Submitted by FHMaster on Fri, 12/30/2016 - 19:32

The plantation was probably begun by Elijah Smith during the time that he was a business partner with Abijah Hunt (1800 - 1811).  Abijah and Elijah had the firm of Hunt and Smith, which was a cotton brokerage that also ran five general stores and several public cotton gins.  They had several cotton plantations as well.


Abijah died in 1811.  Abijah's nephew David Hunt inherited a lot of his Uncle Abijah's interest in the Hunt and Smith firm.  He bought out all the other heirs and partners to become sole owner of Hunt and Smith.  He apparently bought or inherited several plantations that were shown as belonging to Abijah's partners - Elijah Smith and William G. Forman.


By 1821 a man (Edmond Shenak) renting some of David Hunt's land on Lake Concordia wrote him concerning the rent. This land was surely a part of this plantation because it is probably the only one Hunt owned on Lake Concordia. A link to the letter and others is at:


  • The plantation was 3,500 acres.
  • The owners did not live on the plantation.  Thus, thwre was only a simple house for the manager and his family to live in.
  • Cotton was the cash crop and corn would have been grown to feed the people and livestock.  This was a very valuable plantation in the MS River Delta.  It would have occasionally flooded, but this was good because it deposited rich silt onto the land keeping the soil highly productive year after year.
  • The plantation had a MS River boat landing, known as Hole-in-the-Wall Landing, before the MS River caused too much land/islands, etc. to be built up on the river side of the levee in front of the plantation.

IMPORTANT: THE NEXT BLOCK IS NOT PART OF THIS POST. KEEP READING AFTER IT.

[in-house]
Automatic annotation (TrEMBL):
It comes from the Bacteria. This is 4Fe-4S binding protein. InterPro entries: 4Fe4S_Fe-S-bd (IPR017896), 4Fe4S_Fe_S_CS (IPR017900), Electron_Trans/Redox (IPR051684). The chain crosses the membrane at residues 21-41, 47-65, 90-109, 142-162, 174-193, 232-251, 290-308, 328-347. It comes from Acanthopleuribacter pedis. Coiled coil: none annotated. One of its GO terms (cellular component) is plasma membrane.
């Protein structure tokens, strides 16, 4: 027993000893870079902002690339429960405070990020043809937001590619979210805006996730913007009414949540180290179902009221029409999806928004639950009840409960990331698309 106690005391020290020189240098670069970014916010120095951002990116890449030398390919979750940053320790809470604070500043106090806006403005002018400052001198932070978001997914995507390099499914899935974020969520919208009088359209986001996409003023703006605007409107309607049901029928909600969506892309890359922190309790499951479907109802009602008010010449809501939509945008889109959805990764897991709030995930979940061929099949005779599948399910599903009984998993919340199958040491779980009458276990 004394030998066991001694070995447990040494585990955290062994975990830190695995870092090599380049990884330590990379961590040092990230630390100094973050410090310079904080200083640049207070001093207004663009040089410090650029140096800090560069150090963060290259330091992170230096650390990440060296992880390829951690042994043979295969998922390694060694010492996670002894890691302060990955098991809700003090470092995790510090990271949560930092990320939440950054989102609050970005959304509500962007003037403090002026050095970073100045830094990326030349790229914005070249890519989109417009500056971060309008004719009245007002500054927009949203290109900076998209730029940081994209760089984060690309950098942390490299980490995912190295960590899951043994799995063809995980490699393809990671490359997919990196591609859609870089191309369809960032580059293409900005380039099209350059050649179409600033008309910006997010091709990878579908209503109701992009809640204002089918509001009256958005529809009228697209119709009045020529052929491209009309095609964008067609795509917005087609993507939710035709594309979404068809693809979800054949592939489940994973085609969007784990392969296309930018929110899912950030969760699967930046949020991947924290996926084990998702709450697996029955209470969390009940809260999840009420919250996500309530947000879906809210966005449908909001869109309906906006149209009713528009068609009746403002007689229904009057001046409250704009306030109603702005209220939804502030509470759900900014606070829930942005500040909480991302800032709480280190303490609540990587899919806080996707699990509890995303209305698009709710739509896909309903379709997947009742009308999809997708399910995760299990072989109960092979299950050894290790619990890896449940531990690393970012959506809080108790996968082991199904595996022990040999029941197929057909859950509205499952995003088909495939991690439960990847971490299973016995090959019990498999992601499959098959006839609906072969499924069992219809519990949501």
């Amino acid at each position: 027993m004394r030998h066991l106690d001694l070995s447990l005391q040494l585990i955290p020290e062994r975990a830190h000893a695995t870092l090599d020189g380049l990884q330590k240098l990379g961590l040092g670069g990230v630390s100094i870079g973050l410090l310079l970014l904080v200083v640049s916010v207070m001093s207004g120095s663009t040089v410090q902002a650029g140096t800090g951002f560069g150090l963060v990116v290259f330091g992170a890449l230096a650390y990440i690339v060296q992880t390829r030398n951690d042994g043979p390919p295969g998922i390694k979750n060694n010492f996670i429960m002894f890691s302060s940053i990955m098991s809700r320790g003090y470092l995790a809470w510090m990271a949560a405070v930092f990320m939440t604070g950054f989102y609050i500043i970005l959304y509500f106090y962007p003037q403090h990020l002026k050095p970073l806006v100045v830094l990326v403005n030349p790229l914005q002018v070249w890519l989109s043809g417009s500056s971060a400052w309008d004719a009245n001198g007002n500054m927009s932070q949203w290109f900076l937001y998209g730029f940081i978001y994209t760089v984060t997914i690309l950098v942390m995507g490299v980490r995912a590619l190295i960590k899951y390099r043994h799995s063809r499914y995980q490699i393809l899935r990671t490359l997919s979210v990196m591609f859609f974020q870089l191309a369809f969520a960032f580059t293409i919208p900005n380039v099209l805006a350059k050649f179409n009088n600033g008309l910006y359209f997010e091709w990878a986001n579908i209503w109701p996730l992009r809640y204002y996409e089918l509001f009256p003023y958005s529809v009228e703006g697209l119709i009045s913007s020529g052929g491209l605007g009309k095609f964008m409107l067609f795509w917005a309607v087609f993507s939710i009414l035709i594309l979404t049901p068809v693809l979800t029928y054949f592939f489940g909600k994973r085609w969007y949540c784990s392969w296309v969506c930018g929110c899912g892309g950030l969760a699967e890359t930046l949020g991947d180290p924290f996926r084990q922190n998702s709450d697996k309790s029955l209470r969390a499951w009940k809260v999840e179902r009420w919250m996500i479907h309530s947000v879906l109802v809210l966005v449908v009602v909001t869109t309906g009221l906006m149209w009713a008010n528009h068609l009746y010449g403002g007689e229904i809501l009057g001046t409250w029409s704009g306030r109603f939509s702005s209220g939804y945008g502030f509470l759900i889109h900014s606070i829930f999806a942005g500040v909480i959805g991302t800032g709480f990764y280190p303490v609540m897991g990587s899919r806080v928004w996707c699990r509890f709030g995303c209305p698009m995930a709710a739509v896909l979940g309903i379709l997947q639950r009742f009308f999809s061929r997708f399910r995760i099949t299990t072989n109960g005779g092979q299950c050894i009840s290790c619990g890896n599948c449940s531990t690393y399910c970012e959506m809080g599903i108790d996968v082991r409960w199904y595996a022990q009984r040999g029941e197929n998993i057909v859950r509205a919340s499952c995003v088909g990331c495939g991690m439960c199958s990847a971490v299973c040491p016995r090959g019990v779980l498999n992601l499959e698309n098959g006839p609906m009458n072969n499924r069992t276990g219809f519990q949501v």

• After the Civil War, there was a Hole-in-the-Wall store where the share croppers could buy supplies.
  • Hole-in-the-Wall Plantation is mentioned in Mark Twain's book Life on the Mississippi .  It is mentioned because it marked an area of the MS River that had tricky river currents for boat captains to deal with.


David Hunt (d. 1861) and his wife Ann Ferguson - absentee owners;  They owned this plantation from about 1811 to about 1867.  David Hunt came to MS from NJ in 1801 to work for his Uncle Abijah (a rich merchant and plantation owner) and to profit from slavery.  He quickly started Woodlawn Plantation MS .  Although he was doing well before his Uncle's death, after his Uncle's 1811 death he became seriously rich.  His inheritance from his Uncle caused him to acquire several plantations.  David may have gotten Hole in the Wall Plantation somehow from his Uncle's estate.  David bought out Abijah's other partners (such as Elijah Smith) and heirs in the Hunt and Smith firm to get sole ownership of the firm.  He may have bought Hole in the Wall at this time.  An 1808 marriage to Mary Calvit caused David to inherit the Thomas Calvit estate in about 1820, which included at least three plantations.  His 1816 marriage to Ann Ferguson (a grandaughter of rich planter Robert Dunbar) caused him to acquire three or four more plantations.  He eventually built up a plantation empire of 25 plantations with about 1,200 slaves and was one of only 35 millionaires in the U.S. at the time - possibly the 7th richest in the U.S.  The David and Ann Hunt estate was divided in 1867.  Hole in the Wall Plantation went to their daughter Elizabeth.



Prior to 1811
Maxwell Road. The only thing separating it from the MS River was Maxwell Road and the levee. The map coordinates for the plantation were T9N-R1E (Township 9 North, Range 1 East), in some or all of sec. one through 24.